Berfrois

Just Sick Enough

Just Sick Enough

I used to buy The Sun newspaper. Not just to fit in with mates at secondary school but right into my first year at university. I knew there was something to be ashamed of in this filthy habit.

Read More

A Logic of War

A Logic of War

In postmodernity, localities, cities, nations, and all types of spaces and communities began to develop distinctive qualities to attract the flows of global capital. Postmodern culture was thus fully subsumed in the production and marketing of difference.

Read More

In the Politics

In the Politics

In the Politics, Aristotle famously defines man as zoon politikon, the political animal. But what does it mean to say of man that he is the political animal?

Read More

Three Ways of Arguing With a Communist

Three Ways of Arguing With a Communist

They do not seem to see that, to such young people, the Capitalist in question only seems to be saying, "I am a greedy old scoundrel, and I forbid you to be anything else."

Read More

“It’s difficult to remove intransigence from political thought”

“It’s difficult to remove intransigence from political thought”

You use the expression "antinomies of fanaticism", which we might rephrase as the paradoxes or inherent contradictions of fanaticism: on the one hand, fanaticism as the opposite of reason and, on the other, fanaticism as an excess of reason.

Read More

We Are the NHS

We Are the NHS

In 1945 Aneurin Bevan said: ‘We have been the dreamers, we have been the sufferers, and now, we are the builders.’ And my God, how they built.

Read More

Mutiny!

Mutiny!

In her latest book, ‘Unspeakable Things’, journalist Laurie Penny dissects the structural violence ripping through the most intimate parts of all of our lives: suffocated by rigid gender roles, policed by the sexual counter-revolution, and corroded by austerity – and charts the dynamics between these controlling forces in our...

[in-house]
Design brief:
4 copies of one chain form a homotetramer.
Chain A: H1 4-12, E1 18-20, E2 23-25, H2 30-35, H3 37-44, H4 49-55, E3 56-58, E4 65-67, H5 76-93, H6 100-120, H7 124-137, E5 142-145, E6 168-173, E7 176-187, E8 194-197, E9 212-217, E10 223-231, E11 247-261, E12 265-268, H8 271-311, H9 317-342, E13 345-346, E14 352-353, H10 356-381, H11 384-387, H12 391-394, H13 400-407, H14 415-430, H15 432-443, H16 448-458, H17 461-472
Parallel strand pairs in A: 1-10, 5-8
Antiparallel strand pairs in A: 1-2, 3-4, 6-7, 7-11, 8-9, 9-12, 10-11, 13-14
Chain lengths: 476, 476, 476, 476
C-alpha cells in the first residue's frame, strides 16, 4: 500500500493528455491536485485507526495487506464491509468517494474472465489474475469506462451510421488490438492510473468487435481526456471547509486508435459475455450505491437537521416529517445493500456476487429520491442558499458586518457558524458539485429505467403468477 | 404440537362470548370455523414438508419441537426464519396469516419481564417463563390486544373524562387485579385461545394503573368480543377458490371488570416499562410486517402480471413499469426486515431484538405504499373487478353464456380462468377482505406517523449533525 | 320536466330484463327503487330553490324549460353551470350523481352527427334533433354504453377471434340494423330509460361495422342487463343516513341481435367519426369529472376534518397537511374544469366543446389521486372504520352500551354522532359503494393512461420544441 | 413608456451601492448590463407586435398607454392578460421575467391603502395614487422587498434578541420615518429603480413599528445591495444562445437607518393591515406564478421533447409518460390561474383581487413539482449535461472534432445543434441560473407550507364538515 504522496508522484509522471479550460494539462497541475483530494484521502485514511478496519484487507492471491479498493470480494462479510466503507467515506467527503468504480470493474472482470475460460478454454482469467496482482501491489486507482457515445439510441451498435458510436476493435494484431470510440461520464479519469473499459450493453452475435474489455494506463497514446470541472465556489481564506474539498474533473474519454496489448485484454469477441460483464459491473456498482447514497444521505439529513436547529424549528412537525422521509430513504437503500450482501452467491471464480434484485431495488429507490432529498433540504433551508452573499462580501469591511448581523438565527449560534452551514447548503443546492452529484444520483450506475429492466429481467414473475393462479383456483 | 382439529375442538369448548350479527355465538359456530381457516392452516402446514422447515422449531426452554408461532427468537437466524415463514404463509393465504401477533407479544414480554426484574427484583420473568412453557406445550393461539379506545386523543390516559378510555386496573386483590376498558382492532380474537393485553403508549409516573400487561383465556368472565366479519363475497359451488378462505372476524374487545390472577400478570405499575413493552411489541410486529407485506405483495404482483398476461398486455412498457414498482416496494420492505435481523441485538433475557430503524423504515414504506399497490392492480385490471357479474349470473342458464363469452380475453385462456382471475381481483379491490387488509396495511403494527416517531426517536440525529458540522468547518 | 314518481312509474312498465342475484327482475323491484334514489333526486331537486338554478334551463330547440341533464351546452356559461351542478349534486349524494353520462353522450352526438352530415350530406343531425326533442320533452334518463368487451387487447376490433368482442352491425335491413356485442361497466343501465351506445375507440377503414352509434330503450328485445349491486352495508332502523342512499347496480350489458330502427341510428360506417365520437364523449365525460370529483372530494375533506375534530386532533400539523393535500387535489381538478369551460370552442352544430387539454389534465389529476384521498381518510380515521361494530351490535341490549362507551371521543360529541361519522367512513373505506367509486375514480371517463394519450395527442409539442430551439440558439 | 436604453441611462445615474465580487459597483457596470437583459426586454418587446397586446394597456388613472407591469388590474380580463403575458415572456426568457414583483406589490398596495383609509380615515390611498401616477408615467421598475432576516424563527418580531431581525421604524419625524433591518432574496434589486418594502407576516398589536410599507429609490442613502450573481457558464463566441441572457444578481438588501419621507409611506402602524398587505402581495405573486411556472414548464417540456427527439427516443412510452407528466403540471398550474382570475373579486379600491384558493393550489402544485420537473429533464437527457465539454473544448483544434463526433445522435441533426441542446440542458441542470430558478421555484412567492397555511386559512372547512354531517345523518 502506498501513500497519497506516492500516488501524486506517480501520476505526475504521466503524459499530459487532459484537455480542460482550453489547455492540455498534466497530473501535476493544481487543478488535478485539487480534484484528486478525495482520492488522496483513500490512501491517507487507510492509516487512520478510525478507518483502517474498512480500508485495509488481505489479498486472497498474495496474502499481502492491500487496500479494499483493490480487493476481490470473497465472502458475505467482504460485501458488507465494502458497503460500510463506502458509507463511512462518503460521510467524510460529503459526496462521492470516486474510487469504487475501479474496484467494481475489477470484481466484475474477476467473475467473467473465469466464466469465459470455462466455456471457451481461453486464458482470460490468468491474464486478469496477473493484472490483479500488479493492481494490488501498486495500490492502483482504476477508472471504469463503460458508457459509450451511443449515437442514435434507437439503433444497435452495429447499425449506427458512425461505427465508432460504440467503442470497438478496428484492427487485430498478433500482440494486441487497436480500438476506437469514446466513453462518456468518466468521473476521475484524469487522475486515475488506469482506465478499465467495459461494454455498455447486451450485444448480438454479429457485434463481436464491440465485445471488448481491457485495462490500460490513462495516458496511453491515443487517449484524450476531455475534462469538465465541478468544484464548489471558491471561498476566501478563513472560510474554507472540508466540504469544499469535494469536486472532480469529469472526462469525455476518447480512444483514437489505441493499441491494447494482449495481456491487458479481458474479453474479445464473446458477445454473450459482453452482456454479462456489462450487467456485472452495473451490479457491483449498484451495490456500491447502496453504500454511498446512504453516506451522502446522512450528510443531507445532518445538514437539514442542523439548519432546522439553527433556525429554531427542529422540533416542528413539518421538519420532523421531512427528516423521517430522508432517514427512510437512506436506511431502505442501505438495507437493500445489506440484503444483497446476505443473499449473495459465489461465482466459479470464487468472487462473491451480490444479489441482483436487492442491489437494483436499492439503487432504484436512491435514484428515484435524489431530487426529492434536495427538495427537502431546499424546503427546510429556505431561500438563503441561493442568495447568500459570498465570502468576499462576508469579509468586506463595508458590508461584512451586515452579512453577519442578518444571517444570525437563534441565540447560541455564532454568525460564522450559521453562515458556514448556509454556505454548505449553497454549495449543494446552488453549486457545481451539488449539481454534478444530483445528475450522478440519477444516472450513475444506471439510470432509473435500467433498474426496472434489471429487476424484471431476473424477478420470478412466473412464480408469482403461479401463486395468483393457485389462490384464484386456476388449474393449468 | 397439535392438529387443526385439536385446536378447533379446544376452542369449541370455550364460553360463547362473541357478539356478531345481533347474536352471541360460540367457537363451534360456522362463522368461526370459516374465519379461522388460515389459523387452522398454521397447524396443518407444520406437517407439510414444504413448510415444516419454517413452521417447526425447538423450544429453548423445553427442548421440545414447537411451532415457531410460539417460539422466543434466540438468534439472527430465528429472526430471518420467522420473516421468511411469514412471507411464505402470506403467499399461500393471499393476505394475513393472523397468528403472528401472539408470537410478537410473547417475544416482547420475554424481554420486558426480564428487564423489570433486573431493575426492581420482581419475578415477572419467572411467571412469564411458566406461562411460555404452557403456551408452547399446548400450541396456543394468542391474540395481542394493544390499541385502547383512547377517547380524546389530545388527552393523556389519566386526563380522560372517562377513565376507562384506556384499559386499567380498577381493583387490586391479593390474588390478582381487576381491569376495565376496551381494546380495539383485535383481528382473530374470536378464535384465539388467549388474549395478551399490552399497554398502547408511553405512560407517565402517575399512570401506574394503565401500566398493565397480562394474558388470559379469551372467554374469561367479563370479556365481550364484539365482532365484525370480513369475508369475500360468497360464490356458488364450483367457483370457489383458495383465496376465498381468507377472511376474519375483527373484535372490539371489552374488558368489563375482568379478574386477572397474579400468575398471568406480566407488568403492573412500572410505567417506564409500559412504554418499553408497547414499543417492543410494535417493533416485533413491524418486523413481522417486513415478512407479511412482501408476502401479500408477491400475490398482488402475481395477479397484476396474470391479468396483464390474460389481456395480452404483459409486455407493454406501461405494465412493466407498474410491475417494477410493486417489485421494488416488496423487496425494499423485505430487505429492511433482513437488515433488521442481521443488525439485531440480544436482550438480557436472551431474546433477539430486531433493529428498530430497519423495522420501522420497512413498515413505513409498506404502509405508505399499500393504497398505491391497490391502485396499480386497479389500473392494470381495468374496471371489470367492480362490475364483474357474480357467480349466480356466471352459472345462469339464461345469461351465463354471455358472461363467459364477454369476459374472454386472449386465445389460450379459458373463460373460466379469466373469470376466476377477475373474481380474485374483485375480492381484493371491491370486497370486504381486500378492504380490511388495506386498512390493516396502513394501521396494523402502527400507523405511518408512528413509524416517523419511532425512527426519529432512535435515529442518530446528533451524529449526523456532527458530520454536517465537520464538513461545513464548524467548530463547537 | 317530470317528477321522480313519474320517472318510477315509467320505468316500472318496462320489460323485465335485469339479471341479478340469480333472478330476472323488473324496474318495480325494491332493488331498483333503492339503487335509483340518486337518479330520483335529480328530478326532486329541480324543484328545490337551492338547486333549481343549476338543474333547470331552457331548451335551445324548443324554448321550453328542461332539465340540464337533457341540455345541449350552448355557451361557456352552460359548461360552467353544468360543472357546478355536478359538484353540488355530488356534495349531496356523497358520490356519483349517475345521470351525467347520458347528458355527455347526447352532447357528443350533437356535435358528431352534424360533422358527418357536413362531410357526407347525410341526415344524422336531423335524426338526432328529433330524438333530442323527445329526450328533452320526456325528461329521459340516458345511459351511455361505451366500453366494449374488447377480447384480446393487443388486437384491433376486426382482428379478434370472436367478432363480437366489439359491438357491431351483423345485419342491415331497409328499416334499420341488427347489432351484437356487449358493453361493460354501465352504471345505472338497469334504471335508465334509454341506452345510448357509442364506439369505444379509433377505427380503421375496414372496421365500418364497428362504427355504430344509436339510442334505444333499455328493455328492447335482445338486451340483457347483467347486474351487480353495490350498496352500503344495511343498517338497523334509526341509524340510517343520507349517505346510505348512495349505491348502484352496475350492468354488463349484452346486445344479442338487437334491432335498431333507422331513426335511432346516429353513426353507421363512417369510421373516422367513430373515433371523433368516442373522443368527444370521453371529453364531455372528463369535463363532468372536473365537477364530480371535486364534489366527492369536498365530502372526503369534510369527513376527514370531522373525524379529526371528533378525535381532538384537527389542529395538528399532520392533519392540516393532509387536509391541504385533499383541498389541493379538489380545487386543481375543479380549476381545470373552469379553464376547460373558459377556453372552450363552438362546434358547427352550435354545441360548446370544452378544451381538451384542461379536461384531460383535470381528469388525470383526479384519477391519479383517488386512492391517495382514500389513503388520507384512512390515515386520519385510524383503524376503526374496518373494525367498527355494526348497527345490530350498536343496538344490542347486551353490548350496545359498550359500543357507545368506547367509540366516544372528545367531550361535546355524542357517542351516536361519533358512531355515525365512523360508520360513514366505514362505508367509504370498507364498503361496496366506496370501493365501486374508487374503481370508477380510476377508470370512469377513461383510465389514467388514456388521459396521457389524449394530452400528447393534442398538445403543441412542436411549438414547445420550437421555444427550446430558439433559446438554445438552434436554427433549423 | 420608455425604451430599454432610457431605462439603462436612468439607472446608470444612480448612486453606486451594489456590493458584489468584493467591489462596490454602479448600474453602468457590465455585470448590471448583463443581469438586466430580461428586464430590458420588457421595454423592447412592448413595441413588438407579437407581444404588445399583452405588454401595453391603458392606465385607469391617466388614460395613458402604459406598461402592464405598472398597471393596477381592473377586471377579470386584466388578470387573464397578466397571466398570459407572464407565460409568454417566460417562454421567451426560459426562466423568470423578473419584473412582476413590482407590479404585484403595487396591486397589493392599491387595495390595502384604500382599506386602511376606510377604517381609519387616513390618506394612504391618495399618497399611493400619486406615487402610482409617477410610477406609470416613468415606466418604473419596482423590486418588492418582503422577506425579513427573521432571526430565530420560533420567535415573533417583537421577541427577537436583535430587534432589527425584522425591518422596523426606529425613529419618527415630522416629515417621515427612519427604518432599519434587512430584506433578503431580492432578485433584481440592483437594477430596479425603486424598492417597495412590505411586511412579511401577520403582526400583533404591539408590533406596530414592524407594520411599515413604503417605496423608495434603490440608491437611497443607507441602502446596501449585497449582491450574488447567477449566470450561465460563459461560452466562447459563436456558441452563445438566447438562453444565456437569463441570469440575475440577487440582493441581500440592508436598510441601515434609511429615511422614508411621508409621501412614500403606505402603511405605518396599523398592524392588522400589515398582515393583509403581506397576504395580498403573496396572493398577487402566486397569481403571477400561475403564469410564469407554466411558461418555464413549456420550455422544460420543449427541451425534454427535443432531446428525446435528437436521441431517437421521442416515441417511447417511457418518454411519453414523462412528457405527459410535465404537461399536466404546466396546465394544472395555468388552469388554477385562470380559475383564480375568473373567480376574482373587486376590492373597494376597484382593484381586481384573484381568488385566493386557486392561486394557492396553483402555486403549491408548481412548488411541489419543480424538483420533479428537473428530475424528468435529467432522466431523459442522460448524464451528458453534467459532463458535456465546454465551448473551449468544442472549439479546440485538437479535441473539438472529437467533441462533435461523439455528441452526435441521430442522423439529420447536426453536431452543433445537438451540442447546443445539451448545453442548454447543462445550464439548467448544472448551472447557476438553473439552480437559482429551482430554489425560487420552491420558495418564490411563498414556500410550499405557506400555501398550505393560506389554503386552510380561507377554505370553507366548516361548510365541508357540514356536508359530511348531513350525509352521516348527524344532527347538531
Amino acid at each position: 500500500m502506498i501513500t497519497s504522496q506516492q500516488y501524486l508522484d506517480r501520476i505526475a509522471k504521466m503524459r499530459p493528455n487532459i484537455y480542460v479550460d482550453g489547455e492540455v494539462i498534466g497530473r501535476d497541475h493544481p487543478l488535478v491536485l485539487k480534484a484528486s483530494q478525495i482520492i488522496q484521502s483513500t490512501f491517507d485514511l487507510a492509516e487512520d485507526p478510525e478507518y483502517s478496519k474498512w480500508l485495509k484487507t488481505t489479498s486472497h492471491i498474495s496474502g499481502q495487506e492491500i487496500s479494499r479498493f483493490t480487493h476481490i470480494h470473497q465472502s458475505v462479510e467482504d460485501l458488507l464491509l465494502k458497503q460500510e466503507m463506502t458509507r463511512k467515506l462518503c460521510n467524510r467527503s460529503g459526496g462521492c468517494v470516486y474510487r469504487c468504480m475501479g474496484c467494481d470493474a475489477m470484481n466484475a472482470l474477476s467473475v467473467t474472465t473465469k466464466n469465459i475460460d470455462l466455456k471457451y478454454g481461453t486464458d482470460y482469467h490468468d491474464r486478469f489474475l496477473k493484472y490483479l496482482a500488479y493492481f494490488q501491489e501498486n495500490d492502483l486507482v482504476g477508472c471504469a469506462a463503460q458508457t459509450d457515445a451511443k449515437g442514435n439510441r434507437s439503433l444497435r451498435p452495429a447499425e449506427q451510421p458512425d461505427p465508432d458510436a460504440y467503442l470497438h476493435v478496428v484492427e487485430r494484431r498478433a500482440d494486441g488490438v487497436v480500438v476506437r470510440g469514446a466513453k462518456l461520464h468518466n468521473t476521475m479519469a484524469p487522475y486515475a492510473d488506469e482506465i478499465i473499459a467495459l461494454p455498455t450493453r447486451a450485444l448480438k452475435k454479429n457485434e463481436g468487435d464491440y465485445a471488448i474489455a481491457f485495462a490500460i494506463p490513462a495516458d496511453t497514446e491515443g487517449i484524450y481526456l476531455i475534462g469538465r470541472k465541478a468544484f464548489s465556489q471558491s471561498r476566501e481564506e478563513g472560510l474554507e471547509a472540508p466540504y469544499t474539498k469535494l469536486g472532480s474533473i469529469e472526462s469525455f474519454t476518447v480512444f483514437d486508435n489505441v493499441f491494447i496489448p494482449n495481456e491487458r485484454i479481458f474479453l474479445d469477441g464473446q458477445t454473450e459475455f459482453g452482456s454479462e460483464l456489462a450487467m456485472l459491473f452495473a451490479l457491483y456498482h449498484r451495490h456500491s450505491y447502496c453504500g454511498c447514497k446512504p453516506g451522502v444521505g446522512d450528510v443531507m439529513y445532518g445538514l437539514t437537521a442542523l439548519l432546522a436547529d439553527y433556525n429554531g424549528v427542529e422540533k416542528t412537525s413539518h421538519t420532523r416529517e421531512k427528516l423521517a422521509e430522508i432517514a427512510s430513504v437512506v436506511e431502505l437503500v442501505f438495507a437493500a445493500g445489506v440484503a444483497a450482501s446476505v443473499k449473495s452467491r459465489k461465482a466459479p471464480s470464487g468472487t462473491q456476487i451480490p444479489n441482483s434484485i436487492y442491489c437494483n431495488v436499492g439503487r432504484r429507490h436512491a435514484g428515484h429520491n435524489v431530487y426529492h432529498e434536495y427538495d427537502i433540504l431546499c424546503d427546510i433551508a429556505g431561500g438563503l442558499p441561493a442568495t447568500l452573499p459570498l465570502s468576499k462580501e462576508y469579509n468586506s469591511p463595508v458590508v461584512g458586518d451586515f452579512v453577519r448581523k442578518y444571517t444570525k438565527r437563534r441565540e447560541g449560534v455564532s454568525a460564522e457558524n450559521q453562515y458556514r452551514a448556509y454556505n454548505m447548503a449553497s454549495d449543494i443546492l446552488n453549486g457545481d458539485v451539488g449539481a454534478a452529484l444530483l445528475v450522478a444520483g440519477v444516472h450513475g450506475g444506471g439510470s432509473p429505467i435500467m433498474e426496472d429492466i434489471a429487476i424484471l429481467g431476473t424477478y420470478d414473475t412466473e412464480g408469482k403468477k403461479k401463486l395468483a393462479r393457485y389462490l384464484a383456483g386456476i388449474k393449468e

Read More

War, Neoliberalism and Scottish Labour

War, Neoliberalism and Scottish Labour

The institutional origins of the 2014 Scottish referendum can be traced to 1976, when Callaghan’s minority Labour government was struggling to cement a parliamentary majority while implementing draconian imf cuts—the onset of neoliberal restructuring in Britain.

Read More

O, Scotland

O, Scotland

Many ‘No’ voters wanted what a plurality of Scots have wanted for nearly forty years: to govern themselves as other small nations do but, if possible, within the United Kingdom. They were cheated too. Devo-max, whose minimum version means full fiscal autonomy, would have suited them.

Read More

“If you look at any corner of Kentish Town…”

“If you look at any corner of Kentish Town…”

Selma James is an activist and a prolific writer on anti-racism and women’s rights, founder of the International Wages for Housework campaign, and current coordinator of Global Women’s Strike. The Power of Women and the Subversion of the Community, co-authored with Mariarosa Dalla Costa, launched the ‘domestic labour’ debate.

Read More

Ashley James: Personhood

Ashley James: Personhood

It seemed that by the close of January this year, the entire country could recognize the face of Sergeant Cory Remsburg: Near the tail-end of his State of the Union address, President Obama recounted the man’s near death by roadside bomb during his 10th deployment in Afghanistan—“ comrades found...

Read More

Fin de Régime?

Fin de Régime?

In France, since the European elections of May 2014, and Marine Le Pen’s breath-taking 25 per cent of the vote – to the ruling Socialists’ paltry 13 per cent – she has said very little. She does not need to; between them, the left and the right are opening...

Read More

Europe’s Fascists in Suits by John Gaffney

Europe’s Fascists in Suits by John Gaffney

Earthquake metaphors have had strong currency, both political and journalistic, in the aftermath of May’s European Parliament (EP) elections. The most spectacular tremors were those caused by the British and French far-right. Each came first in their national competition, each gained a quarter of the national vote.

Read More

Aye?

Aye?

Music Hall Buildings, Aberdeen, 1885 From Radical Philosophy: For socialists the question is about whether or not independence strengthens the working class. But the working class with which we should be concerned is not only British, still less only Scottish, but international. Furthermore, the question cannot be posed in...

Read More